John Herman Merivale

Richard Polwhele to John Herman Merivale, 1834; Polwhele, Reminiscences in Prose and Verse (1836) 2:57.

Polwhele House, 1834.

Dear Sir,

Your Anthologia has been a classical feast to me, more gratifying to my taste than any I have ever partaken of since the days of my youth; and happy should I have been in paying my personal respects to you at this house, had you found leisure to call upon me, as our friend Captain Jenkins informs me you had intended. I shall be more fortunate, I trust, on your next visit to Truro.

I the mean time, I beg leave to submit to your perusal some pro re nata productions, epigrams and levities in verse, — mere doggrel verse I fear, — which I am almost ashamed to lay before you, as they have no pretensions to the old Greek simplicity. Of those which I have picked out from my little fasciculus epigrammatum, the first comes nearest to the character of the Anthology.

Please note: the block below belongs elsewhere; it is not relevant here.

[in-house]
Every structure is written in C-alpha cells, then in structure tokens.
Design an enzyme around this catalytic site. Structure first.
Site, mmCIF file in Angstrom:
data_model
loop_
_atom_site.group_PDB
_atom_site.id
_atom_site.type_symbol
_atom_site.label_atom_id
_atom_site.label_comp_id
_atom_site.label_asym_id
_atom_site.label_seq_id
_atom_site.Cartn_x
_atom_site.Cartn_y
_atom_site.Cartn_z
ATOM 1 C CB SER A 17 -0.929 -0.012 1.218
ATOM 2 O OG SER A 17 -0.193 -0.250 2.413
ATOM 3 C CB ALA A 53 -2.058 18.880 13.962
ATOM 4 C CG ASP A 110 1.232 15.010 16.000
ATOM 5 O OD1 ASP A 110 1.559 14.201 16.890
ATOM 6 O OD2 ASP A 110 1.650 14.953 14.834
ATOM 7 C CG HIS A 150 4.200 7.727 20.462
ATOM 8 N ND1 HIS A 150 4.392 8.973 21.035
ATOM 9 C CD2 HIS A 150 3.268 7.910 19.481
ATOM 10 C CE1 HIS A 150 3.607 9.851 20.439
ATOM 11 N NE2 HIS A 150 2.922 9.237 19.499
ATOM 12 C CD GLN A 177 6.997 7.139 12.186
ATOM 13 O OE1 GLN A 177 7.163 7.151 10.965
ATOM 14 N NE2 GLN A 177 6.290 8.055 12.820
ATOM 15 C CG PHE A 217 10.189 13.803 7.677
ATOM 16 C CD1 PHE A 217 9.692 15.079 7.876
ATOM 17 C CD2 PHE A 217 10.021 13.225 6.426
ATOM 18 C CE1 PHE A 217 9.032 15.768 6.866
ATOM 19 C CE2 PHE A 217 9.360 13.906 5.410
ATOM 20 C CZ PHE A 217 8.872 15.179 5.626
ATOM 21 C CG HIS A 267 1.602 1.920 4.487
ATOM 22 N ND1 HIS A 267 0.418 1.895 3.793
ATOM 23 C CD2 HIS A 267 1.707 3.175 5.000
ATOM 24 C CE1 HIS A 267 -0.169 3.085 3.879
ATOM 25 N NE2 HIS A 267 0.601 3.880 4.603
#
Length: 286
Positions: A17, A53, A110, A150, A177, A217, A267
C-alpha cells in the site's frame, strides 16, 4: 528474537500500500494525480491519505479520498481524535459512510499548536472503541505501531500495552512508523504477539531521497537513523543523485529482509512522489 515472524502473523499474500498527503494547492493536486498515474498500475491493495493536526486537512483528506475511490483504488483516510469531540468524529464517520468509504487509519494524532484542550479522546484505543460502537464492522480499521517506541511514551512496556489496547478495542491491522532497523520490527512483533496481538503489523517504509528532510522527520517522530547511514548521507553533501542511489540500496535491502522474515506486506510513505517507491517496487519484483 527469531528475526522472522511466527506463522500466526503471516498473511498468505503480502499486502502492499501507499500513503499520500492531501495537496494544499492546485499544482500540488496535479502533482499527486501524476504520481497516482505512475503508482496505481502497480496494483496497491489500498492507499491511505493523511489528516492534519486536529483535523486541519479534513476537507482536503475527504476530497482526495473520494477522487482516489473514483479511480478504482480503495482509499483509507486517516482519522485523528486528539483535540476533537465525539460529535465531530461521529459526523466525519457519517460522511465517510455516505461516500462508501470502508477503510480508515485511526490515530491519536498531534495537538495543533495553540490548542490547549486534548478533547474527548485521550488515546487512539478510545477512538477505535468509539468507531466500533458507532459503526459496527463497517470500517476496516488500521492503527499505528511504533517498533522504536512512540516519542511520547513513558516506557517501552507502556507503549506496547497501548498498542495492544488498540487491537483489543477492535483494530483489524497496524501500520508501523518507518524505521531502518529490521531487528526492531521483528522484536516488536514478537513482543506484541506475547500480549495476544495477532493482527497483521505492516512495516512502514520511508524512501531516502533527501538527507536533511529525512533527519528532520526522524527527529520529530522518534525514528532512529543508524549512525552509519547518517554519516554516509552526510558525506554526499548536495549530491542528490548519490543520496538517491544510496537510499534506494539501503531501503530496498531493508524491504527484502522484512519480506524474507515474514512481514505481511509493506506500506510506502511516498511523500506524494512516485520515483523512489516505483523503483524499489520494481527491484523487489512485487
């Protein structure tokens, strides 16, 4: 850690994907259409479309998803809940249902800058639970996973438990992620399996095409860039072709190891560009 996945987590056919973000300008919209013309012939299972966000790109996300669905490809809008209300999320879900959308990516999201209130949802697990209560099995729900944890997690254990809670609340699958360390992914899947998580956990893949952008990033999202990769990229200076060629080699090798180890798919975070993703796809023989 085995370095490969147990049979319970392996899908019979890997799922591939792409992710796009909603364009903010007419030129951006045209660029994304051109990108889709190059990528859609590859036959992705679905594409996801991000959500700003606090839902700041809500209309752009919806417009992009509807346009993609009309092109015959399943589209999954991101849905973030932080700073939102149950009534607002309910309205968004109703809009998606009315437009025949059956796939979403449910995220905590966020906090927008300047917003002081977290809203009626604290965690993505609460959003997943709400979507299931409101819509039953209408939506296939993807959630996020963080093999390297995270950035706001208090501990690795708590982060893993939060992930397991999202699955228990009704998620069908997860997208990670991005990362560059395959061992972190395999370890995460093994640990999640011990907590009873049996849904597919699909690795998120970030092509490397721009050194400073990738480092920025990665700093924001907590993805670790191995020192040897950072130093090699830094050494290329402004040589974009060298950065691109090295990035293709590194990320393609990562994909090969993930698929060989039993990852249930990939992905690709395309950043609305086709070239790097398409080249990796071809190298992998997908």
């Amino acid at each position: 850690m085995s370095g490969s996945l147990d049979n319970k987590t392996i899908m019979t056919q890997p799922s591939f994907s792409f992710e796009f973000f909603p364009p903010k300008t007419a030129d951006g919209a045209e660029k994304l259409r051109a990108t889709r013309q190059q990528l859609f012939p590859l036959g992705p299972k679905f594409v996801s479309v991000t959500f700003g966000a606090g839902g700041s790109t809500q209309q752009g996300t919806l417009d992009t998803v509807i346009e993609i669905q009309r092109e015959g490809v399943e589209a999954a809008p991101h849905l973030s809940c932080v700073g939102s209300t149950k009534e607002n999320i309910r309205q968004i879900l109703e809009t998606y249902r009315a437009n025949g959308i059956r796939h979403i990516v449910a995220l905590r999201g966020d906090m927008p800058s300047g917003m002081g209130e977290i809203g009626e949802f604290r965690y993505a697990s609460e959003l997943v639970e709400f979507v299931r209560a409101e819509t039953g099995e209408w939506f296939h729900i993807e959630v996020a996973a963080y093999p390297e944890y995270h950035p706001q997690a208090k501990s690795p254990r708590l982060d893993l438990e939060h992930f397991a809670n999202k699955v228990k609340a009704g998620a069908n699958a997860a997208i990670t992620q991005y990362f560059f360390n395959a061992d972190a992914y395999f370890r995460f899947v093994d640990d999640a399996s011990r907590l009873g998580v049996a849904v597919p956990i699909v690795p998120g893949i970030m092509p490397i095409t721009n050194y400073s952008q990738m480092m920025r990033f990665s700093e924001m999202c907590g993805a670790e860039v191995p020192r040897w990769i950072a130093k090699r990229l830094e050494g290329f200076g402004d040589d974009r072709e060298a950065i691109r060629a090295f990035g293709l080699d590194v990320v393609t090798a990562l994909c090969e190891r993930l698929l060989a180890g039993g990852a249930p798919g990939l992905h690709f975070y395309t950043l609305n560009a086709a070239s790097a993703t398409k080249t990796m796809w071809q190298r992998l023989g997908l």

On a watch reminding the author (then in bed) of his misspent time:—

Alas! such idle hours are fled
As leave my spirit ill at ease!
The watch suspended o'er my head
Hangs like the sword of Damocles!

To which I added afterwards:

His perilous state if not resembling,
Still his disquietude I share;
And feel in every tick with trembling
The menace of the single hair!